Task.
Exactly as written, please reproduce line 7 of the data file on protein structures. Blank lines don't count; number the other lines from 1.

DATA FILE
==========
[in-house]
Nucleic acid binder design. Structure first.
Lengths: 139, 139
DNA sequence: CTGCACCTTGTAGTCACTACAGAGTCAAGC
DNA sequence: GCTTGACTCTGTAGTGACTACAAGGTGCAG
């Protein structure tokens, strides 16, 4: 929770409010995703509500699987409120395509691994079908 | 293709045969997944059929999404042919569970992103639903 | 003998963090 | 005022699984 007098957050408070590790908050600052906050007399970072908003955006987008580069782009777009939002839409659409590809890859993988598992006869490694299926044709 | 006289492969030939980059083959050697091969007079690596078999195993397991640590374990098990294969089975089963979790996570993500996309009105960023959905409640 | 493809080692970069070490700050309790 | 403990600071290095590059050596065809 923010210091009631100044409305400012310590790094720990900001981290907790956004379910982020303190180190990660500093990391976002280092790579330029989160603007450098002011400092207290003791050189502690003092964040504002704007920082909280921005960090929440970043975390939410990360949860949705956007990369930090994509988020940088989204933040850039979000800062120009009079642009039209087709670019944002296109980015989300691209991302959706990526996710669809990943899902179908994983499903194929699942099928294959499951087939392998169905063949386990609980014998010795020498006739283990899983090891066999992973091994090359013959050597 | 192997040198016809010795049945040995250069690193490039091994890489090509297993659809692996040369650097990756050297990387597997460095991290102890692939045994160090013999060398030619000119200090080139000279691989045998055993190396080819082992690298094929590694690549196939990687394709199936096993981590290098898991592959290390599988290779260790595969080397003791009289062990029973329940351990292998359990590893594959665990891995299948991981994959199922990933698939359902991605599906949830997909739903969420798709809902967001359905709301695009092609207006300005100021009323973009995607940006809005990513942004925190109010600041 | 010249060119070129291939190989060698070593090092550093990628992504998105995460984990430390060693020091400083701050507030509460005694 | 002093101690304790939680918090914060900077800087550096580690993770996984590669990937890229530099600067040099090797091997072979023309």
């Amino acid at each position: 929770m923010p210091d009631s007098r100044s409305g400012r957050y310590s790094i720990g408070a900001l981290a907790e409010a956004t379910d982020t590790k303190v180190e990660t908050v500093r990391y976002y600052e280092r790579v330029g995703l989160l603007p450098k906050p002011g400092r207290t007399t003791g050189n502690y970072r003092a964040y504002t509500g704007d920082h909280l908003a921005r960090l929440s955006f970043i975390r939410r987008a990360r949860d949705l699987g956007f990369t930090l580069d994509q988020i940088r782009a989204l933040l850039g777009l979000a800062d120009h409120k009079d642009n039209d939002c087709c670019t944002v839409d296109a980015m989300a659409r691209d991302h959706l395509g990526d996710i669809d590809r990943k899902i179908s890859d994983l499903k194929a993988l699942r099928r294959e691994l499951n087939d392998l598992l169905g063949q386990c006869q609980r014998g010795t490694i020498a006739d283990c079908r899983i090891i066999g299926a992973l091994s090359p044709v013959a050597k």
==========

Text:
């Amino acid at each position: 929770m923010p210091d009631s007098r100044s409305g400012r957050y310590s790094i720990g408070a900001l981290a907790e409010a956004t379910d982020t590790k303190v180190e990660t908050v500093r990391y976002y600052e280092r790579v330029g995703l989160l603007p450098k906050p002011g400092r207290t007399t003791g050189n502690y970072r003092a964040y504002t509500g704007d920082h909280l908003a921005r960090l929440s955006f970043i975390r939410r987008a990360r949860d949705l699987g956007f990369t930090l580069d994509q988020i940088r782009a989204l933040l850039g777009l979000a800062d120009h409120k009079d642009n039209d939002c087709c670019t944002v839409d296109a980015m989300a659409r691209d991302h959706l395509g990526d996710i669809d590809r990943k899902i179908s890859d994983l499903k194929a993988l699942r099928r294959e691994l499951n087939d392998l598992l169905g063949q386990c006869q609980r014998g010795t490694i020498a006739d283990c079908r899983i090891i066999g299926a992973l091994s090359p044709v013959a050597k």